Why not write an article on how to *avoid* upgrading from W10 to W11. Analogous to those like me who avoided upgrading from 7 to 10 for as long as possible.

    If your paymaster Microsoft permits it, of course.

  2. Dexter said on January 15, 2023 at 11:14 am

    5. Rufus
    6. Ventoy

    PS. I hate reading these “SEO optimized” articles.

    1. cdr said on January 15, 2023 at 3:32 pm

      I used Rufus to create an installer for a 6th gen intel i5 that had MBR. It upgraded using Setup. No issues except for Win 11 always prompting me to replace my local account. Still using Win 10 Pro on all my other PCs to avoid the bullying.

  3. sv said on January 15, 2023 at 6:40 pm

    bit pointless to upgrade for the sake of upgrading as you never know when you’ll get locked out because ms might suddenly not provide updates to unsupported systems.

    ps…. time travelling?
    written. Jan 15, 2023
    Updated • Jan 13, 2023

    1. Martin Brinkmann said on January 16, 2023 at 5:49 am

      This happens when you schedule a post in WordPress and update it before setting the publication date.

  4. Anonymous said on January 16, 2023 at 8:24 am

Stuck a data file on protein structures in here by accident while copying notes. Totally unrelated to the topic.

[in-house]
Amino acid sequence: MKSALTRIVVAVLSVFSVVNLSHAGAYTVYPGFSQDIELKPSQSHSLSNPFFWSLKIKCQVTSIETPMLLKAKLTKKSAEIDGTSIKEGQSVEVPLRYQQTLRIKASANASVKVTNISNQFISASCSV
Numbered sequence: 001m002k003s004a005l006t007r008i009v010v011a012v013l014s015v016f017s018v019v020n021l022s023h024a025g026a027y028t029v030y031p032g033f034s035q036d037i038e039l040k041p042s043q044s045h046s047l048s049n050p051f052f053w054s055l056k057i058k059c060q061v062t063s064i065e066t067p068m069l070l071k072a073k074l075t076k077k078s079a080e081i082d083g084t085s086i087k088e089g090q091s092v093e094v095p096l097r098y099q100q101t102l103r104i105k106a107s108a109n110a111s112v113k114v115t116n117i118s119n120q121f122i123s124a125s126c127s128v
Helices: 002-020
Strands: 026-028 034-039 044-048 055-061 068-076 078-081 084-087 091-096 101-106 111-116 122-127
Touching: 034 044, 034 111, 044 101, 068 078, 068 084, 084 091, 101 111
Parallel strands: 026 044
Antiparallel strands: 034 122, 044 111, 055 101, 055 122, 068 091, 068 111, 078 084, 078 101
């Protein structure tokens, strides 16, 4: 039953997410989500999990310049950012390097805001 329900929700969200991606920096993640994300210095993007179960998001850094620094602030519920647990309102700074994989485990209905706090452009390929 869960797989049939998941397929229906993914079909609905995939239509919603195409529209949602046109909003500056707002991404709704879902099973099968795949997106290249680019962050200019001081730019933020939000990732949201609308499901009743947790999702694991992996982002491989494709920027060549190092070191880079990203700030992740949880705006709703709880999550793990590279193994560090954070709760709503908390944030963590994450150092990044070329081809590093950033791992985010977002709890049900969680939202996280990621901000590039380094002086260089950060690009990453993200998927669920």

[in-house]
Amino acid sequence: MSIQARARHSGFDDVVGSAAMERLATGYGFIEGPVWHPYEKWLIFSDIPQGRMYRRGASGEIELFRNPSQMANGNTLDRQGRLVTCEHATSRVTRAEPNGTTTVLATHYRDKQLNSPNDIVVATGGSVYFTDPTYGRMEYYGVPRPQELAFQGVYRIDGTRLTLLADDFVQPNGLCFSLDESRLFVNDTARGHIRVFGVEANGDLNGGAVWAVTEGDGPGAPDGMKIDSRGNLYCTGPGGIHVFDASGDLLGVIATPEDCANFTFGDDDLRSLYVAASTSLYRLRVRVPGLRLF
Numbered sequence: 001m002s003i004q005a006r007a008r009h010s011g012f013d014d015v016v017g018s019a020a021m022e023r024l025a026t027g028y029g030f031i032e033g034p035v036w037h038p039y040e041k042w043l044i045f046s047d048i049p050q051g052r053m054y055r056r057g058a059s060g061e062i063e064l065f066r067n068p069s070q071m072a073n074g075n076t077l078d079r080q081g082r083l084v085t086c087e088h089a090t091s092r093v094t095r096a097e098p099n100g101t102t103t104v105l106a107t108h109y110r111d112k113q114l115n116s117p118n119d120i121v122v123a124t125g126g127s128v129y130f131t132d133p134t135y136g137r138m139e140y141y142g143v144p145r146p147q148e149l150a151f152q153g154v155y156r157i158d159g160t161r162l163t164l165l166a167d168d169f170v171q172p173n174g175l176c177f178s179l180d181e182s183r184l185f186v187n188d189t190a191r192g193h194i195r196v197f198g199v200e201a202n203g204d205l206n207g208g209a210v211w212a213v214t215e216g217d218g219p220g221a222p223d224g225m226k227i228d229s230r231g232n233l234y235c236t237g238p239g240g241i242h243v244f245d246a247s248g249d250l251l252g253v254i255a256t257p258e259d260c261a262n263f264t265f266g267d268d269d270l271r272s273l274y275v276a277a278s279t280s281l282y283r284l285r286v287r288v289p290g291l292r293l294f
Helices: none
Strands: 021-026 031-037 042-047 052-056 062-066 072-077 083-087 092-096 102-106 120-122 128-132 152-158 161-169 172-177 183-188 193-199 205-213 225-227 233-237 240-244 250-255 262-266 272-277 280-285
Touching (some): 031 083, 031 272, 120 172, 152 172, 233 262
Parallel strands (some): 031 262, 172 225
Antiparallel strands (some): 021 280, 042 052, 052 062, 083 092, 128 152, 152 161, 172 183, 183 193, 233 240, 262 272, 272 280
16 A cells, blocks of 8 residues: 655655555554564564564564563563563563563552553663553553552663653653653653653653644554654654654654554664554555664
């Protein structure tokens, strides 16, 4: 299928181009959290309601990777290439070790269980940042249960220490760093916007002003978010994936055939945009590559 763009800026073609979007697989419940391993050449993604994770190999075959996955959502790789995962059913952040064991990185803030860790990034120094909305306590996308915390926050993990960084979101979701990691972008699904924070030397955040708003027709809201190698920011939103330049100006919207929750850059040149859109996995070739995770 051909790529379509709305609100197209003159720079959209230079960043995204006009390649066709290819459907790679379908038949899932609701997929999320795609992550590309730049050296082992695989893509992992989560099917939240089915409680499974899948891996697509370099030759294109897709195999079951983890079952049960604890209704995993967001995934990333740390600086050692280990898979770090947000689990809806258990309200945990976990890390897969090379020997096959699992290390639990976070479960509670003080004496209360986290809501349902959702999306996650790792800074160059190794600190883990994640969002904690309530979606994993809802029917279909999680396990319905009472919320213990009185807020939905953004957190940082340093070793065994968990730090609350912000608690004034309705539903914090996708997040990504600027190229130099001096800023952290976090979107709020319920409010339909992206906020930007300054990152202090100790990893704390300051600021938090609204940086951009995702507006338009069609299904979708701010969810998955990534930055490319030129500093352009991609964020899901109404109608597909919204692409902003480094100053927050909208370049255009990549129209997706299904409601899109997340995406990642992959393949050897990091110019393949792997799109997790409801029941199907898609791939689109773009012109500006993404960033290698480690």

Anyone willing to downgrade to this awful OS must like inflicting themselves with harm.

  5. basingstoke said on January 16, 2023 at 11:18 am

    I have become convinced now that anybody who has no qualms with using Windows 11/10 must fit into one of the following brackets:

    1) Too young to remember a time before W10 and W11 (doesn’t know better)

    2) Wants to play the latest games on their PC above anything else (or deeply needs some software which already dropped W7 support)

    3) Doesn’t know too much about how computers work, worried that they’d be absolutely lost and in trouble without the “”latest security””

    4) Microsoft apologist that tries to justify that the latest “features” and “changes” are actually a good thing, that improve Windows

    5) Uses their computer to do a bare minimum of like 3 different things, browse web, check emails, etc, so really doesn’t fuss

    Obviously that doesn’t cover everyone, there’s also the category that:

    6) Actually liked W7 more than 10, and held out as long as possible before switching, begrudgingly uses 10 now

    Have I missed any group off this list?

    1. Heinz Strunk said on September 19, 2023 at 3:57 pm

      You have missed in this group just about any professional user that uses business software like CAD programs or ERP Programs which are 99% of all professional users from this list.

      Linux doesn’t help anyone who is not a linux kid and apple is just a fancy facebook machine.

  6. ilev said on August 24, 2023 at 7:34 pm

    Microsoft has removed KB5029351 update

    1. EP said on August 24, 2023 at 9:21 pm

      only from windows update though
      KB5029351 is still available from the ms update catalog site

  7. Anonymous said on August 24, 2023 at 11:05 pm